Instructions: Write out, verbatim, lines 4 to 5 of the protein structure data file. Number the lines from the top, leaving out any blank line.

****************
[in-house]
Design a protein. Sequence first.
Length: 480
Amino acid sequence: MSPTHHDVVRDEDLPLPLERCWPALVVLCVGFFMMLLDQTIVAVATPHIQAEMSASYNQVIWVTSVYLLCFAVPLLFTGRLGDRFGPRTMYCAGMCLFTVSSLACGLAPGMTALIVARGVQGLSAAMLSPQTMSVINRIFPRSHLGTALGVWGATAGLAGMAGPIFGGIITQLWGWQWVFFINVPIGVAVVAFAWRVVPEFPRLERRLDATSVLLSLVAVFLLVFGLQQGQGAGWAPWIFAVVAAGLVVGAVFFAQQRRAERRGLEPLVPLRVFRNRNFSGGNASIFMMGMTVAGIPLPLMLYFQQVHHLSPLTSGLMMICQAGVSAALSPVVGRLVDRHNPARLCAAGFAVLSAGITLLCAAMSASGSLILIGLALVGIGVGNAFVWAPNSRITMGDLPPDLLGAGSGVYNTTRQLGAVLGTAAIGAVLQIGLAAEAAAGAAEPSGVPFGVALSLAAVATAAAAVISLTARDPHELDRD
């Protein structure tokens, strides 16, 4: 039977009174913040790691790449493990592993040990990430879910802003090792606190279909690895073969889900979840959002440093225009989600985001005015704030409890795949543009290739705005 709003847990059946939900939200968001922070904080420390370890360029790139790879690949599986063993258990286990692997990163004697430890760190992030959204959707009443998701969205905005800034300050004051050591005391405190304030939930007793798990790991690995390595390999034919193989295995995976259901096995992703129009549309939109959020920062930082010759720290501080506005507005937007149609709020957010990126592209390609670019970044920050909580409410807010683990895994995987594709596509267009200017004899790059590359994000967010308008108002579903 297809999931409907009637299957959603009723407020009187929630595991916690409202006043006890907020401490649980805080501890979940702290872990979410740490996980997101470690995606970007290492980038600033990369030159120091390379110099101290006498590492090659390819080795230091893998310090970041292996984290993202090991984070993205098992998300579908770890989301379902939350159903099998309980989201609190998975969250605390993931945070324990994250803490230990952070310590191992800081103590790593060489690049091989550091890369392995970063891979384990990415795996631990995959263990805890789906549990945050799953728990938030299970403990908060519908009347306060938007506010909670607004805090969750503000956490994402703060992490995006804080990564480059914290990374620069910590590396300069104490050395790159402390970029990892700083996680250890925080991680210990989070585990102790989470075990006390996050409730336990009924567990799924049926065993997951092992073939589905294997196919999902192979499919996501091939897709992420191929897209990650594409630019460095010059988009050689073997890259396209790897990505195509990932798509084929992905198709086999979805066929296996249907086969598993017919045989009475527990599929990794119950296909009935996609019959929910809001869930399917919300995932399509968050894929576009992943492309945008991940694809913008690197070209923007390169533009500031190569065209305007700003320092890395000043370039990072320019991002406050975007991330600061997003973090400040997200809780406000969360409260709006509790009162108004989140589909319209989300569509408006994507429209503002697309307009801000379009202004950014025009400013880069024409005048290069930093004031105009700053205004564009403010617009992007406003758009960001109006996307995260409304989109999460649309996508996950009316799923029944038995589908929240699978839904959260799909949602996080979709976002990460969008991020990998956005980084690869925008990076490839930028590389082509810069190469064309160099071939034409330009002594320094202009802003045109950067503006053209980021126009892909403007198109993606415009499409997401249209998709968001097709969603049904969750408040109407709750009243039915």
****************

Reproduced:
Amino acid sequence: MSPTHHDVVRDEDLPLPLERCWPALVVLCVGFFMMLLDQTIVAVATPHIQAEMSASYNQVIWVTSVYLLCFAVPLLFTGRLGDRFGPRTMYCAGMCLFTVSSLACGLAPGMTALIVARGVQGLSAAMLSPQTMSVINRIFPRSHLGTALGVWGATAGLAGMAGPIFGGIITQLWGWQWVFFINVPIGVAVVAFAWRVVPEFPRLERRLDATSVLLSLVAVFLLVFGLQQGQGAGWAPWIFAVVAAGLVVGAVFFAQQRRAERRGLEPLVPLRVFRNRNFSGGNASIFMMGMTVAGIPLPLMLYFQQVHHLSPLTSGLMMICQAGVSAALSPVVGRLVDRHNPARLCAAGFAVLSAGITLLCAAMSASGSLILIGLALVGIGVGNAFVWAPNSRITMGDLPPDLLGAGSGVYNTTRQLGAVLGTAAIGAVLQIGLAAEAAAGAAEPSGVPFGVALSLAAVATAAAAVISLTARDPHELDRD
């Protein structure tokens, strides 16, 4: 039977009174913040790691790449493990592993040990990430879910802003090792606190279909690895073969889900979840959002440093225009989600985001005015704030409890795949543009290739705005 709003847990059946939900939200968001922070904080420390370890360029790139790879690949599986063993258990286990692997990163004697430890760190992030959204959707009443998701969205905005800034300050004051050591005391405190304030939930007793798990790991690995390595390999034919193989295995995976259901096995992703129009549309939109959020920062930082010759720290501080506005507005937007149609709020957010990126592209390609670019970044920050909580409410807010683990895994995987594709596509267009200017004899790059590359994000967010308008108002579903 297809999931409907009637299957959603009723407020009187929630595991916690409202006043006890907020401490649980805080501890979940702290872990979410740490996980997101470690995606970007290492980038600033990369030159120091390379110099101290006498590492090659390819080795230091893998310090970041292996984290993202090991984070993205098992998300579908770890989301379902939350159903099998309980989201609190998975969250605390993931945070324990994250803490230990952070310590191992800081103590790593060489690049091989550091890369392995970063891979384990990415795996631990995959263990805890789906549990945050799953728990938030299970403990908060519908009347306060938007506010909670607004805090969750503000956490994402703060992490995006804080990564480059914290990374620069910590590396300069104490050395790159402390970029990892700083996680250890925080991680210990989070585990102790989470075990006390996050409730336990009924567990799924049926065993997951092992073939589905294997196919999902192979499919996501091939897709992420191929897209990650594409630019460095010059988009050689073997890259396209790897990505195509990932798509084929992905198709086999979805066929296996249907086969598993017919045989009475527990599929990794119950296909009935996609019959929910809001869930399917919300995932399509968050894929576009992943492309945008991940694809913008690197070209923007390169533009500031190569065209305007700003320092890395000043370039990072320019991002406050975007991330600061997003973090400040997200809780406000969360409260709006509790009162108004989140589909319209989300569509408006994507429209503002697309307009801000379009202004950014025009400013880069024409005048290069930093004031105009700053205004564009403010617009992007406003758009960001109006996307995260409304989109999460649309996508996950009316799923029944038995589908929240699978839904959260799909949602996080979709976002990460969008991020990998956005980084690869925008990076490839930028590389082509810069190469064309160099071939034409330009002594320094202009802003045109950067503006053209980021126009892909403007198109993606415009499409997401249209998709968001097709969603049904969750408040109407709750009243039915």